Equal parts cerebral and droll, The Idiot relates the humdrum tribulations of a Turkish-American Harvard freshman. Set in the mid-nineties The Idiot provides an incredibly immersive reading experience that will not appeal to those looking for a more story-driven read. Selin’s narrative lacks momentum, her daily interactions, however peculiar, often serve no real plot function, adding little to her story. Yet, the author’s commitment to commit even the most prosaic of Selin’s thoughts or encounters adds a dimension of realism to her novel. The Idiot is very much characterised by seemingly endless digressions. Selin’s inner monologue often verges on being a stream-of-consciousness, as her mind flutters from thought to thought, often losing herself in asides or navel-gazing. While Selin is certainly naive, she does possess a certain awareness of her own limitations and shortcomings. The first half of the novel recounts her first year at university. Like many other disoriented heroines, aside from her vague aspirations of becoming a writer, Selin is unsure of what she wants to study, let alone who she is or wants to be. At Harvard, she takes classes on literature but seems dissatisfied by the way her professor teaches this subject (her criticism towards academia certainly resonated with me here) and seems to find her Russian class far more interesting. This is partly due to Ivan. He’s Hungarian, a few years older than her, and a mathematics student. Rather by chance, the two begin an email correspondence, one that is full of existential angst or studenty speculations about the meaning of x or y. Their virtual rapport doesn’t translate well in real life and when in the proximity of one another they often are unable to clearly express their ideas or feelings. Selin’s narrative is very much concerned with (mis)communication. Her mind grows increasingly preoccupied with language from its limitations to its potential. In the latter half of the novel Selin, persuaded by Ivan, spends her summer teaching ESL classes in Hungary. Here she has to confront the possibility that she may have been idealising her and Ivan’s will-they-won’t-they relationship. The dialogues within this novel ring incredibly true to life. They have this mumblecoreesque quality—awkward pauses, recursiveness, mishearing—that made those scenes come to life. The characters populating the narrative—Ivan, Svetlana, Selin’s roommates and the other ESL teachers—also came across as realistic. While some of their idiosyncrasies are certainly played up for laughs, that the author was able to capture in such minute detail the particular way in which they express themselves made them all the more vivid. At times Selin’s interactions with others do stray into absurdist territories but I found that more often than not I could definitely relate to her more eccentric conversations. Selin’s narrative is certainly adroit. Interspersed throughout her narration are many literary references as well as detailed descriptions or accounts of whatever other subject she is discussing or thinking about. I found the conversations around West/East to be particularly entertaining. In spite of her supposed ‘idiocy’ Selin makes for a sharp-eyed narrator. Her insights into human behaviour and the academic world, as well as her exploration of the possibilities and failures of language, struck me as being both shrewd and funny. While we do read of Selin’s innermost feelings Elif Batuman keeps us at a remove from her. In this way, she emphasises the alienation, loneliness, unease, Selin herself experiences throughout the novel. While the title does seem to be a nod at Fyodor Dostoyevsky’s novel, Selin has little in common with Prince Myshkin. If anything, Batuman seems to have a Flaubertian preoccupation with failure. In a manner not too dissimilar from Emma Bovary, Selin’s longing to be with Ivan seemed to be less a result of love than her desire to experience that which she has read in so many books. Under different hands The Idiot could have been a dull affair. It is Batuman’s deadpan humor and naturalistic storytelling that make The Idiot into a worthwhile read. The novel’s latter half was slightly less enjoyable than the first but I was still for the most part absorbed by Selin’s voice. Her passivity may rub people the wrong way but I found the myriad of uncertainties plaguing her to make all the more believable. If you liked Susan Choi’s My Education you might want to give this a shot.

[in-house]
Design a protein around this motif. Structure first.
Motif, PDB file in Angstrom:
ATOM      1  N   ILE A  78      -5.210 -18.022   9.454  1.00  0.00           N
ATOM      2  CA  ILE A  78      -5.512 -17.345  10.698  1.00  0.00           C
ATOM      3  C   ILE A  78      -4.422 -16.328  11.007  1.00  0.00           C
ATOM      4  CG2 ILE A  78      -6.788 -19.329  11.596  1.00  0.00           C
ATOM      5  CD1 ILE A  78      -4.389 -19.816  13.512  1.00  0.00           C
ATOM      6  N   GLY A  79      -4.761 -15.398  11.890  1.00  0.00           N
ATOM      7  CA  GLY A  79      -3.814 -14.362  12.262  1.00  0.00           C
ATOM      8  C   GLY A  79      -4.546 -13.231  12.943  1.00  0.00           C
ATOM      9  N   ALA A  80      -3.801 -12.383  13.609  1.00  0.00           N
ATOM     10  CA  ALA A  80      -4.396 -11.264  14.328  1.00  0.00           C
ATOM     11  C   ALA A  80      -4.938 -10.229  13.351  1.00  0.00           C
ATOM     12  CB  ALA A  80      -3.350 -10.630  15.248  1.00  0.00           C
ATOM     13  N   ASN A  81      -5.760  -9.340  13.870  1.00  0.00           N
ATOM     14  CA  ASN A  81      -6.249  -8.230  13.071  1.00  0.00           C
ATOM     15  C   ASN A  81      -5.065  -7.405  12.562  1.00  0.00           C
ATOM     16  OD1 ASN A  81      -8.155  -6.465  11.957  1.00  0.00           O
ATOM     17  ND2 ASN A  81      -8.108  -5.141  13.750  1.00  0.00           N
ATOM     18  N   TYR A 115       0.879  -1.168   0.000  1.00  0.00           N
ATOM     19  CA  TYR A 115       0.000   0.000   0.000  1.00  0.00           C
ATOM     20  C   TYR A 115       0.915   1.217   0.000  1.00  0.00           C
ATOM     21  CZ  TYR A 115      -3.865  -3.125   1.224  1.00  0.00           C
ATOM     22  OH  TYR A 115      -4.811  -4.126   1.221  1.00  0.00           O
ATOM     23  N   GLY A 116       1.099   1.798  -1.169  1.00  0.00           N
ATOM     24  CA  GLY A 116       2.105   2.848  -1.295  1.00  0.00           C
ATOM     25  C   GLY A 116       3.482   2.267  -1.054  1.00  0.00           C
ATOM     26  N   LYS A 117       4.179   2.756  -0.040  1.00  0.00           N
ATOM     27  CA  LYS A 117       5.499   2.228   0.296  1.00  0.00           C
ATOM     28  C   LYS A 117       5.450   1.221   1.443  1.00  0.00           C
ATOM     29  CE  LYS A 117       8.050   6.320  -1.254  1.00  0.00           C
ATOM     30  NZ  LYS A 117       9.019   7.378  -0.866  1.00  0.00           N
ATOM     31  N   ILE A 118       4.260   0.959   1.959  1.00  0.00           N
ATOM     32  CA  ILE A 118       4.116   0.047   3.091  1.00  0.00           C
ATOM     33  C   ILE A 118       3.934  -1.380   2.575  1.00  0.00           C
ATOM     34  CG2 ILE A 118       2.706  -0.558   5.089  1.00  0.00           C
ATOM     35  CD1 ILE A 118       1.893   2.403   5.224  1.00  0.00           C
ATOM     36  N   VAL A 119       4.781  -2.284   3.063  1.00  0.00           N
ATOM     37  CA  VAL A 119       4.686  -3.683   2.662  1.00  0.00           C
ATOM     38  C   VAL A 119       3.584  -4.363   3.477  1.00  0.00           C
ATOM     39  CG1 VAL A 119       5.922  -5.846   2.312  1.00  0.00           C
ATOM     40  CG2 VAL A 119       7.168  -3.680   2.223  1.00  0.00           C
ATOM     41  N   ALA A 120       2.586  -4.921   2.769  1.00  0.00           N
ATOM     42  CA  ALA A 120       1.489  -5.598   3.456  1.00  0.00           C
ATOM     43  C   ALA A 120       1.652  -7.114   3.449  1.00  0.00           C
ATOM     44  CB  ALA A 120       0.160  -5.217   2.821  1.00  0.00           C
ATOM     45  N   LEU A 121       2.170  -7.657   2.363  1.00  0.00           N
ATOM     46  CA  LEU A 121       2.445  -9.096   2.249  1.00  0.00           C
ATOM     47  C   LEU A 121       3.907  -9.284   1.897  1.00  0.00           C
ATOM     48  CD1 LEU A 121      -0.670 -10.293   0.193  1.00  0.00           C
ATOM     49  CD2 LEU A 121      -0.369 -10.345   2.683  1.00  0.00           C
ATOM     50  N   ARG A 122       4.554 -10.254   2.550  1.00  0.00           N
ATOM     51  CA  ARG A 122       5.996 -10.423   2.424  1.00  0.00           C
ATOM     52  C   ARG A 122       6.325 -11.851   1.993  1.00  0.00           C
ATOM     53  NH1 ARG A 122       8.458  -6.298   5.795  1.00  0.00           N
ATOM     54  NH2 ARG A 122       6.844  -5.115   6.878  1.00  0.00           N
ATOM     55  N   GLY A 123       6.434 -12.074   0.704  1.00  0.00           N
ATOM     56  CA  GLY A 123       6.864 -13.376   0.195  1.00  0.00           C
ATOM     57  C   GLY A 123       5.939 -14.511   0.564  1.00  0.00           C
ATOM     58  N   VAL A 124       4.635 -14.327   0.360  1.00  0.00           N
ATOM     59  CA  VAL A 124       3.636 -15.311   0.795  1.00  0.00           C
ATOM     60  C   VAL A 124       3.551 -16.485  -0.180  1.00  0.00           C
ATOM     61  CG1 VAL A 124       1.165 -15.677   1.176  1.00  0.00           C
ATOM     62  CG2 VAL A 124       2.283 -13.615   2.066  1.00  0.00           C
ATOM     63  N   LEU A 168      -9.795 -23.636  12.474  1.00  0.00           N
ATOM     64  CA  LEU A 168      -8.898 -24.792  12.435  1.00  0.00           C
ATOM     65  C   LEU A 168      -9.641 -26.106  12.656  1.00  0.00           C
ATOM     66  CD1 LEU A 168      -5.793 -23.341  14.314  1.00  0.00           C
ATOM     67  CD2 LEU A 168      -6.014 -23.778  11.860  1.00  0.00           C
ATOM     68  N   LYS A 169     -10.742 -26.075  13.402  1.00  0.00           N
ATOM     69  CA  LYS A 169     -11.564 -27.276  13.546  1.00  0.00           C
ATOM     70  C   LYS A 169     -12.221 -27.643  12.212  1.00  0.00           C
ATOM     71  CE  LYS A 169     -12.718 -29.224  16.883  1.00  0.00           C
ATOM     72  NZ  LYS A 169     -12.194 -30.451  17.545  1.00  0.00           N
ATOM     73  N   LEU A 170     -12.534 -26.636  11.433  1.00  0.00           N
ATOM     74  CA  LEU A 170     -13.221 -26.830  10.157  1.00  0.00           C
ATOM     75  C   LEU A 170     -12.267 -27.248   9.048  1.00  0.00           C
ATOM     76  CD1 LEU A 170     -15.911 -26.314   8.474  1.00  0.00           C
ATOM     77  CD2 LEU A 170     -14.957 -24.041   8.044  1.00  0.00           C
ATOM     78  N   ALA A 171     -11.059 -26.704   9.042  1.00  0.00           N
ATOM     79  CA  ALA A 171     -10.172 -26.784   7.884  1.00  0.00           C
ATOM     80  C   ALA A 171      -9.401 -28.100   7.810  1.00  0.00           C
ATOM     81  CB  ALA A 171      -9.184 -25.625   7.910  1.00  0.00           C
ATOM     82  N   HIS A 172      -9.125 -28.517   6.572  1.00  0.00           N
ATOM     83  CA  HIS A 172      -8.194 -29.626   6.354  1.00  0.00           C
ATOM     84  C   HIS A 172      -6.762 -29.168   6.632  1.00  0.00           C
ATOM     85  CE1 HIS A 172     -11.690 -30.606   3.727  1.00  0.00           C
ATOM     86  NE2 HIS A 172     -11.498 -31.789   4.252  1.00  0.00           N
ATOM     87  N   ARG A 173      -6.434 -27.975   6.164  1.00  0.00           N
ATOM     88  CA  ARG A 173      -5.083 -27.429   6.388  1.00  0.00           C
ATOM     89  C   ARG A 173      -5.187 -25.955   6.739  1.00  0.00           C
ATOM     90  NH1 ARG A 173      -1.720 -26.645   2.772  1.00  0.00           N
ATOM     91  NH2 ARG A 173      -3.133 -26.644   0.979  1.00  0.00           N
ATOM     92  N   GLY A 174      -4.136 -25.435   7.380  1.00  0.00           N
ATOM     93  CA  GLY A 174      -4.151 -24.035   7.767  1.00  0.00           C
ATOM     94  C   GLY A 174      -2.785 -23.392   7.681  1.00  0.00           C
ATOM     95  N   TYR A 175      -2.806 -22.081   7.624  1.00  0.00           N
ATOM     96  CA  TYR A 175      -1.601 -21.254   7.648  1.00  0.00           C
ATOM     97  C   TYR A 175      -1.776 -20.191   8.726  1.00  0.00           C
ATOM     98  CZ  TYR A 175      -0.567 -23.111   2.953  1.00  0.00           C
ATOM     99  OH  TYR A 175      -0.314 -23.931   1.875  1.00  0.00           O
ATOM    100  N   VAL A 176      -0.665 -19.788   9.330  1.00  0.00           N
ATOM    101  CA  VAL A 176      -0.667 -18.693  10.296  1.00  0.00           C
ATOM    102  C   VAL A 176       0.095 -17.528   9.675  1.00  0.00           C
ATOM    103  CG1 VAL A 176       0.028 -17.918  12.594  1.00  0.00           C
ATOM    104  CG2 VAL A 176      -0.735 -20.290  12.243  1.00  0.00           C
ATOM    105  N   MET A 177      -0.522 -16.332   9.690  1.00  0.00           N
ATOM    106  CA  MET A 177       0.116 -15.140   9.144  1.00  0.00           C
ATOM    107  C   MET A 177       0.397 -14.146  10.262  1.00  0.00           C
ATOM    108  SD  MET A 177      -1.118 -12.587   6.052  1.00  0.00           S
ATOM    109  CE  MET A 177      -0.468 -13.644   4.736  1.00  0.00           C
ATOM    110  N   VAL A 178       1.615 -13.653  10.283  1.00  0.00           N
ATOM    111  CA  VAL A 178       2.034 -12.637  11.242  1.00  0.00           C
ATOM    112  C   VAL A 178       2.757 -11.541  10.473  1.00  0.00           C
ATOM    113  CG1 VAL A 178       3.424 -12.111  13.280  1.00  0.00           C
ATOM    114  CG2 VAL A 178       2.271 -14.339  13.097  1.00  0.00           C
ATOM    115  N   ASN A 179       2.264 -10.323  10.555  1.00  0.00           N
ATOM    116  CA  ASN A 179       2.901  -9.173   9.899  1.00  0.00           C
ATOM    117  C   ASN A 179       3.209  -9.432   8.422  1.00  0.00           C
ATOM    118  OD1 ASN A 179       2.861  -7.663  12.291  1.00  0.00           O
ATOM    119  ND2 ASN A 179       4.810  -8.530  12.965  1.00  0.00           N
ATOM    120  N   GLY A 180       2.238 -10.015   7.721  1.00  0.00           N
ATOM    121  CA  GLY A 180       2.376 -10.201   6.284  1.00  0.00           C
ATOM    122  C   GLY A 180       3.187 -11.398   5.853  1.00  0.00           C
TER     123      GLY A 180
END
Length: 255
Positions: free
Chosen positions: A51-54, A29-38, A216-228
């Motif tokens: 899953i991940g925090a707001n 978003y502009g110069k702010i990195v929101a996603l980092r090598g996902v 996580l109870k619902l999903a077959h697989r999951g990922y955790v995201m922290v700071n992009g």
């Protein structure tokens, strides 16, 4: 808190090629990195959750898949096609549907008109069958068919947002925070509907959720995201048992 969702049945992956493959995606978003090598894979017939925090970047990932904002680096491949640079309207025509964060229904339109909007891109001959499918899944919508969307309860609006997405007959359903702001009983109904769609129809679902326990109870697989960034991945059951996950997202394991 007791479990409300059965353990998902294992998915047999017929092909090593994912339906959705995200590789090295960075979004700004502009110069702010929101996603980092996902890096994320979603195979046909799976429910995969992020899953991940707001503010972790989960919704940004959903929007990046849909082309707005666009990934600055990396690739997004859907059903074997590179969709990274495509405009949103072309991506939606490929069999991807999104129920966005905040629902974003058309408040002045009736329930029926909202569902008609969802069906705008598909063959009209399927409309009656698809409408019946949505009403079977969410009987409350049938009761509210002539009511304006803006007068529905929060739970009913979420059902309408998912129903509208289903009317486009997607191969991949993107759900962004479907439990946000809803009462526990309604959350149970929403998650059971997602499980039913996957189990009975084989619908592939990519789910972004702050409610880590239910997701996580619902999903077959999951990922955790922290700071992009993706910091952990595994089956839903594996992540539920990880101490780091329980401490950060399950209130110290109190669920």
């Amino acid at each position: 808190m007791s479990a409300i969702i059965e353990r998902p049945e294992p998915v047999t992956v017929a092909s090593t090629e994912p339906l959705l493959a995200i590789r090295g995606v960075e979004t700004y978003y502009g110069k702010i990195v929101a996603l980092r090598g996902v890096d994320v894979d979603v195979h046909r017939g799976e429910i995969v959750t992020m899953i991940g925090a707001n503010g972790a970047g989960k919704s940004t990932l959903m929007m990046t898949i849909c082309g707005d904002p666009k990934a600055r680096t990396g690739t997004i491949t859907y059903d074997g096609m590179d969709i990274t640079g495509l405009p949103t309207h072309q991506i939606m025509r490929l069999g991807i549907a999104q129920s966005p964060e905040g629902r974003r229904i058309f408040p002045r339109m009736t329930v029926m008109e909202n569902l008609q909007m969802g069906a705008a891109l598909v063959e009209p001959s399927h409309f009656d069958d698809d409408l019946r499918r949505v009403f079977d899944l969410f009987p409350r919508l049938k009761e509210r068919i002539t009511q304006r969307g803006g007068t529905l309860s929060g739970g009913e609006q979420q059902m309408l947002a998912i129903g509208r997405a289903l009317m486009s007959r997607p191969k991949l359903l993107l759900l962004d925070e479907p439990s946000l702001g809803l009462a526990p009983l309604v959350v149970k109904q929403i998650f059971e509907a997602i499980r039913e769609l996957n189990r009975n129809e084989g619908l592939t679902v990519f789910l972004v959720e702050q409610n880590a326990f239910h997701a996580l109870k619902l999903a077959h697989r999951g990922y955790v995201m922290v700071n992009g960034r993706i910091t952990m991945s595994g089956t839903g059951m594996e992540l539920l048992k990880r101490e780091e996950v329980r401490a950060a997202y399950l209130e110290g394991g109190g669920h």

“I used to believe the house was haunted. Really, it was the other way around; the house haunted me.”
Turns out I actually love this now…?!